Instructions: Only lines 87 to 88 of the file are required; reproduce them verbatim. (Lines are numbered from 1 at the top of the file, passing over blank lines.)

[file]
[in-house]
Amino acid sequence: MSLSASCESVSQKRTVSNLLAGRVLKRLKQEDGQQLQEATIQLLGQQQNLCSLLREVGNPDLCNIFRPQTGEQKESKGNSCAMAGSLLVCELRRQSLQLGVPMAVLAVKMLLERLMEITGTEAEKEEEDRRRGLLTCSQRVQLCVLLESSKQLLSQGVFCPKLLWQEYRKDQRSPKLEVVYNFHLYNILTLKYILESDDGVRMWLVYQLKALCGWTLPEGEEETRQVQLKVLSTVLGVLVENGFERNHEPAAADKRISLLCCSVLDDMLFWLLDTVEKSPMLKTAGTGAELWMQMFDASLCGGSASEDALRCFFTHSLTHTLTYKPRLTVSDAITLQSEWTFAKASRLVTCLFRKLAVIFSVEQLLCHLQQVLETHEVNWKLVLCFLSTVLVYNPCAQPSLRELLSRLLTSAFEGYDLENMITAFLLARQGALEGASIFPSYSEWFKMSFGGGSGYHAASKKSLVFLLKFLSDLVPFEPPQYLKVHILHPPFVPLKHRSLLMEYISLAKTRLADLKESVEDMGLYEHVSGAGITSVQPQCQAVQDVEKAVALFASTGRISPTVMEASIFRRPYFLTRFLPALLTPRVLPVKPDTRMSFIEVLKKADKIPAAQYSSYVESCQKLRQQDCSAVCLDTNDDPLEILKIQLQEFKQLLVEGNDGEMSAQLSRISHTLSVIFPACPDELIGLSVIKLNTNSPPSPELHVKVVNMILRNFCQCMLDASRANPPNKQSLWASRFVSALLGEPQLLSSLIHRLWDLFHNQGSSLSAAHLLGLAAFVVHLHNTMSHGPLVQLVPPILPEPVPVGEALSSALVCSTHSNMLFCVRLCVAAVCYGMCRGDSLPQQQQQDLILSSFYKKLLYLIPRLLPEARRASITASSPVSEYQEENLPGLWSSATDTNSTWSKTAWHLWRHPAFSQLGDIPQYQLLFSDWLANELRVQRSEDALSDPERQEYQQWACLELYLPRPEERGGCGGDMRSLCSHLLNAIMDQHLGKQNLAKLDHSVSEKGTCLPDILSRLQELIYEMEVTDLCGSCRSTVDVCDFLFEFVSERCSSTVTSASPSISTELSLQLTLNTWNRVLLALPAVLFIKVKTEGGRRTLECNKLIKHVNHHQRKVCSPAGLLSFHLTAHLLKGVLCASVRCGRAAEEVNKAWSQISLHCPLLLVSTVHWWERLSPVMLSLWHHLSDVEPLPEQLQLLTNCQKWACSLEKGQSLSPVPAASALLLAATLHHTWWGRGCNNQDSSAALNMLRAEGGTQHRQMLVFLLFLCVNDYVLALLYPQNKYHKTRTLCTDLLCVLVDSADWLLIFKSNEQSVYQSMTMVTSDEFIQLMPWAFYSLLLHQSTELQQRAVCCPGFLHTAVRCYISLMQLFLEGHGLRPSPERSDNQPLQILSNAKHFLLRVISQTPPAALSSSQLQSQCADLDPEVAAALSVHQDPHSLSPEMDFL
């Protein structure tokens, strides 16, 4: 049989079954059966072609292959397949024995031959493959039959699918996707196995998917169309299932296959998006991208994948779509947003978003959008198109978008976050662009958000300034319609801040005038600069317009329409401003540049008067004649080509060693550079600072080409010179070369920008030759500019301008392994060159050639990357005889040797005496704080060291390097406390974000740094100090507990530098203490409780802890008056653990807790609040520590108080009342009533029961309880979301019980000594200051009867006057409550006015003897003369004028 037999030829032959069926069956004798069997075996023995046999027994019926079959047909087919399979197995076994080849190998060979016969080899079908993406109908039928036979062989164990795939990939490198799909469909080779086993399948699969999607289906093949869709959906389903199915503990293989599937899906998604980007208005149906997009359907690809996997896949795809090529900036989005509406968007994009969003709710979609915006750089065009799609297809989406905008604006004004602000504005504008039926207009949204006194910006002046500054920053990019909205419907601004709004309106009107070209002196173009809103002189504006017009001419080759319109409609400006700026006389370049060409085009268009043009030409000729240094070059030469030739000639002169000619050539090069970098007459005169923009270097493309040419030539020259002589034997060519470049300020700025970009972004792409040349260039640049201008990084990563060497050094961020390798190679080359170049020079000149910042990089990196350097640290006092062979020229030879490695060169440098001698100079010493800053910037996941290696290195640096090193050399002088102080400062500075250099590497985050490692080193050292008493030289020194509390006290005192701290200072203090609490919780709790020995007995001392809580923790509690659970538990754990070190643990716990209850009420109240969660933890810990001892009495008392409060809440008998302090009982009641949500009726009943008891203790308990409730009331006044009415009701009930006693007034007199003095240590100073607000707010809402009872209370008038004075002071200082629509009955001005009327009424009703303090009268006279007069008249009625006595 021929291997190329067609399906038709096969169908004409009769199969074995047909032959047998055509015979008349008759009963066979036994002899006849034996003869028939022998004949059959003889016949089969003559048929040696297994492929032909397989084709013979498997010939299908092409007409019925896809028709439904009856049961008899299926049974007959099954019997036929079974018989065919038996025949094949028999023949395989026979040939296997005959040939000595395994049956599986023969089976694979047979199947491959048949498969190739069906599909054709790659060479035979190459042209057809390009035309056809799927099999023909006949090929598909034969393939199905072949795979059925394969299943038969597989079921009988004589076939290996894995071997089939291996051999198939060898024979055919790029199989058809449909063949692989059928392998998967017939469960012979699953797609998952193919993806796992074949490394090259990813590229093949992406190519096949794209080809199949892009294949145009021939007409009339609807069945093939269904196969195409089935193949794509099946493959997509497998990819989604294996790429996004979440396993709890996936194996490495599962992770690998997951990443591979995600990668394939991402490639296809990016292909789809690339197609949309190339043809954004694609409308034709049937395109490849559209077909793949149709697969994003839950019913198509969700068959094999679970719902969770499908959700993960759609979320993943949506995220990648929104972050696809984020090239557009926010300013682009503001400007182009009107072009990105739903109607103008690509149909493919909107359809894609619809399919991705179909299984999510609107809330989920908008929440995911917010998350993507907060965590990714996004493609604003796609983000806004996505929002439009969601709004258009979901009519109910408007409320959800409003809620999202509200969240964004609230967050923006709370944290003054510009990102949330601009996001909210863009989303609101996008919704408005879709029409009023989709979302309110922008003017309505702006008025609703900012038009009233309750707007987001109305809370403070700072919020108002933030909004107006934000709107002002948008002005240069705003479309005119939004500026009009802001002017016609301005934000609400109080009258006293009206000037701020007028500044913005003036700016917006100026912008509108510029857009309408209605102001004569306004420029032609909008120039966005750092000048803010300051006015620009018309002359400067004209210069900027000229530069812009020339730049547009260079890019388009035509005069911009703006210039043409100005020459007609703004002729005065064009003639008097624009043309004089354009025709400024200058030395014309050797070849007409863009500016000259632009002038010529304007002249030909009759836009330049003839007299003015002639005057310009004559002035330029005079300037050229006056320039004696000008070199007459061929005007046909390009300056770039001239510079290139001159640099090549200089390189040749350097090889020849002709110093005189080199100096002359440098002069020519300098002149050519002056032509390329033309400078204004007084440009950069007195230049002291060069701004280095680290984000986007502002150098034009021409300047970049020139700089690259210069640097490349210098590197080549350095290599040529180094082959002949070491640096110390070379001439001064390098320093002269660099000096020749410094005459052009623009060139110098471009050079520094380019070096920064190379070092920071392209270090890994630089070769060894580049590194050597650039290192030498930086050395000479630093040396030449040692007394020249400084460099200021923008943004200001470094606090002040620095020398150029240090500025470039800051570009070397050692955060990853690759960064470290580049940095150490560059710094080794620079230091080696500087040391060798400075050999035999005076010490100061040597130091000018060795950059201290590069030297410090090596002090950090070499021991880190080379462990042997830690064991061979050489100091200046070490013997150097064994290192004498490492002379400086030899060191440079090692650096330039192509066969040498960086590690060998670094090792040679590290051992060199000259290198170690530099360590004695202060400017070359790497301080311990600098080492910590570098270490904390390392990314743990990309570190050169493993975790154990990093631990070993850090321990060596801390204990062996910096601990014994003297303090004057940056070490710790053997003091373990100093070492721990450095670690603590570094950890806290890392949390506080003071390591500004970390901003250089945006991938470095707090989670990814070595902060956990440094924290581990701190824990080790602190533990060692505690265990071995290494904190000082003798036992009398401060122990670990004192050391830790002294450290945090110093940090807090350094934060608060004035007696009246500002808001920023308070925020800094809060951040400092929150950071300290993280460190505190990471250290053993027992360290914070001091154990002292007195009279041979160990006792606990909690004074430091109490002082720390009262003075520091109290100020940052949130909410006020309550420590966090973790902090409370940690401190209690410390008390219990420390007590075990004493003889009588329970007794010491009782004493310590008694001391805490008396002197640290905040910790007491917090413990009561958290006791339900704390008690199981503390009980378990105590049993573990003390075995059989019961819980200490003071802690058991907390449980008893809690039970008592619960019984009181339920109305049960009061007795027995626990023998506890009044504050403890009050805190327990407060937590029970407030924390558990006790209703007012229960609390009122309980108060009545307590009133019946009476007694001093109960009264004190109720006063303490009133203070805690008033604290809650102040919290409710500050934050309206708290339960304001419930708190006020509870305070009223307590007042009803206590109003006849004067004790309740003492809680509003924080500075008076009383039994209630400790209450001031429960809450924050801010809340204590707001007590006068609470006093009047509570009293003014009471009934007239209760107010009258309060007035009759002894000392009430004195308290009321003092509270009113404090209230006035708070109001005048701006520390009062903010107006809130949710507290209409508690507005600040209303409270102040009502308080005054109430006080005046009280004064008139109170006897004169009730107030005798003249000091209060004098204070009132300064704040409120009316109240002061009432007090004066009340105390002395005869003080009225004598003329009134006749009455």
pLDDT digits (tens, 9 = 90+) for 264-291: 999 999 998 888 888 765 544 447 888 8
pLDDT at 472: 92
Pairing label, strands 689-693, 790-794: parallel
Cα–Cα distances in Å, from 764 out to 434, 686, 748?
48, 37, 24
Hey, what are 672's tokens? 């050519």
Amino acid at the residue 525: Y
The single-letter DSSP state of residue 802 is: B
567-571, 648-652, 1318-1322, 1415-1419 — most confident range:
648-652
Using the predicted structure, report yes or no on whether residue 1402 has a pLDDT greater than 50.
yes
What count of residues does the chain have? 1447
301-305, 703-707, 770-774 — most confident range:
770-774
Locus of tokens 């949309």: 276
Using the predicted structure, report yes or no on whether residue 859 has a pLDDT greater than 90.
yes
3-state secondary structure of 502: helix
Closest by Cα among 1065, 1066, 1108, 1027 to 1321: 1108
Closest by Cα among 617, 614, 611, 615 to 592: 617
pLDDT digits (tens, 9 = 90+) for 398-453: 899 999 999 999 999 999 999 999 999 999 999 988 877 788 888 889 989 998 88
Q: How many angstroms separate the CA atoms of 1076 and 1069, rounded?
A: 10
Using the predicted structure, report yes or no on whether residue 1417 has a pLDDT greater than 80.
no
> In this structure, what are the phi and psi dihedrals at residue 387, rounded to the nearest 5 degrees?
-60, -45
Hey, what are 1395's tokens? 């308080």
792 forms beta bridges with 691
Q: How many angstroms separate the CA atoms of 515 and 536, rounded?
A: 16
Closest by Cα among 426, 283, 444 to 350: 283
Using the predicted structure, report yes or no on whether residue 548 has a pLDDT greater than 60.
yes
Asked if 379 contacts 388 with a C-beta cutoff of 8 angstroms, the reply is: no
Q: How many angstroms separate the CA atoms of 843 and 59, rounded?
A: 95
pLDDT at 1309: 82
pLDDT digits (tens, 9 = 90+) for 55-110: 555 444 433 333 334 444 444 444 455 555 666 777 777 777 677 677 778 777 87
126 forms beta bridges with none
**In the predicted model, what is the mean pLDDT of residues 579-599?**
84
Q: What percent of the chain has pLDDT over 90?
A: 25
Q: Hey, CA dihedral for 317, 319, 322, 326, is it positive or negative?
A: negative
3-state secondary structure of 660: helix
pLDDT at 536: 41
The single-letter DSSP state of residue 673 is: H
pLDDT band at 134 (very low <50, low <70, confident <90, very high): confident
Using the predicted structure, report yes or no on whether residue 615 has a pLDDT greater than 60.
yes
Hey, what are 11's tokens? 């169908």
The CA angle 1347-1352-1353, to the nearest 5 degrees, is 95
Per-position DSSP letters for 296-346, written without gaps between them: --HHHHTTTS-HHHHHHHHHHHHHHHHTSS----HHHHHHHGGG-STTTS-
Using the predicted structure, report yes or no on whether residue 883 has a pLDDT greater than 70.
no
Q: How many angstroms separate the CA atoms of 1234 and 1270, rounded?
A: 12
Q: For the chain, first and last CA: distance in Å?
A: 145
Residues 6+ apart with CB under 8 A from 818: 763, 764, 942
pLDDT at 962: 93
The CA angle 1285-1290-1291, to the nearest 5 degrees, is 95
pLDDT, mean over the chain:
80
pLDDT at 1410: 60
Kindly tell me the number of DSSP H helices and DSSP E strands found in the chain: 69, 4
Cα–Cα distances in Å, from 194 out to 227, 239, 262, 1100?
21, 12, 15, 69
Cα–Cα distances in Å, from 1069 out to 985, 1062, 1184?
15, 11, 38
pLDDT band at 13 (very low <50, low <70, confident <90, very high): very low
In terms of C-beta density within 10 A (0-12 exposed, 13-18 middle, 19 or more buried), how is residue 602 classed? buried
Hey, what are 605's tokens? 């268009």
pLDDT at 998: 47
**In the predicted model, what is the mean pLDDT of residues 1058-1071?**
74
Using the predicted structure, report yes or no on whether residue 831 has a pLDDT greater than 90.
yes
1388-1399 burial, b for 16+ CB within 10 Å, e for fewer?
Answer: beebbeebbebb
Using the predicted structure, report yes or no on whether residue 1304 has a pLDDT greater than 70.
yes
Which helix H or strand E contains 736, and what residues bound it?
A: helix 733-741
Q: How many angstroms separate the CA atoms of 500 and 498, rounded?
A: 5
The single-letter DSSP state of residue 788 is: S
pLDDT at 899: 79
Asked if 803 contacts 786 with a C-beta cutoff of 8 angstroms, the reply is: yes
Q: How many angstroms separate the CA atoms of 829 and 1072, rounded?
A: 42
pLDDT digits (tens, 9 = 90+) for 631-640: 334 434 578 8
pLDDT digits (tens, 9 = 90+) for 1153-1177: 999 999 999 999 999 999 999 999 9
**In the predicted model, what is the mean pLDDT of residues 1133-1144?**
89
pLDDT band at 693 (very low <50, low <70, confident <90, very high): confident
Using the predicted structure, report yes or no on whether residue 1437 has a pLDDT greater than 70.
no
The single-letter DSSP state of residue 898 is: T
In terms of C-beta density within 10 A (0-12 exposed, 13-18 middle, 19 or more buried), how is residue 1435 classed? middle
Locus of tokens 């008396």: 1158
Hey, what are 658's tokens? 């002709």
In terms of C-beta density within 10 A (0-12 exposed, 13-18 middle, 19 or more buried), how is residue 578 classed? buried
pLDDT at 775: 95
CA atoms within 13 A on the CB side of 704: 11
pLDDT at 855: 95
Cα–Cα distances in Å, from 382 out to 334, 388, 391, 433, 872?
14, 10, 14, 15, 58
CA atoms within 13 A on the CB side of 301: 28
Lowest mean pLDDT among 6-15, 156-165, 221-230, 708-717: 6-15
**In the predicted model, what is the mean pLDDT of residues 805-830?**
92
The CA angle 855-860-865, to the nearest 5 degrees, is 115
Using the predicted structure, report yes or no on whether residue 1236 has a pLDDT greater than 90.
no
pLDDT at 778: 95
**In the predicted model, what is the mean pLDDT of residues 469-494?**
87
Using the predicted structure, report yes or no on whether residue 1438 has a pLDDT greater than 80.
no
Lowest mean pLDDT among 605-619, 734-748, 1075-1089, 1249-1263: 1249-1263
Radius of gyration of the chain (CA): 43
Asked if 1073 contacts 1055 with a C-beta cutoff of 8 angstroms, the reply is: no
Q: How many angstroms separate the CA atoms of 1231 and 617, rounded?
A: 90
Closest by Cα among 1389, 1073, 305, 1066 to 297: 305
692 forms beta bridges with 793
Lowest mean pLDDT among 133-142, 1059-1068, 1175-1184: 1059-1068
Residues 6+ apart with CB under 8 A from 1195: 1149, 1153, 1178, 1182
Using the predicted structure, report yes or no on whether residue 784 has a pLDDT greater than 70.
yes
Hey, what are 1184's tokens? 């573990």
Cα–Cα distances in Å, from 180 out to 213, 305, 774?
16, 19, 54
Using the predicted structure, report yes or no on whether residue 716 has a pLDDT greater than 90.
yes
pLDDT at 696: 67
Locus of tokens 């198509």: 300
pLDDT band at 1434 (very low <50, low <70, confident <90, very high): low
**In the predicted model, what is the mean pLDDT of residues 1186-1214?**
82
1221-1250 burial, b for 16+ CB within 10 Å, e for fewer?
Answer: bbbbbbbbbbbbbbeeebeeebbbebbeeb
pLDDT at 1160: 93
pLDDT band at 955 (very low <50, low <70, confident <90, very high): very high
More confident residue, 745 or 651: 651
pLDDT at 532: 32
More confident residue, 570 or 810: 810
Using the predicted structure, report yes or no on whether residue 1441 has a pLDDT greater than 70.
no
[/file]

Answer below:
Using the predicted structure, report yes or no on whether residue 1304 has a pLDDT greater than 70.
yes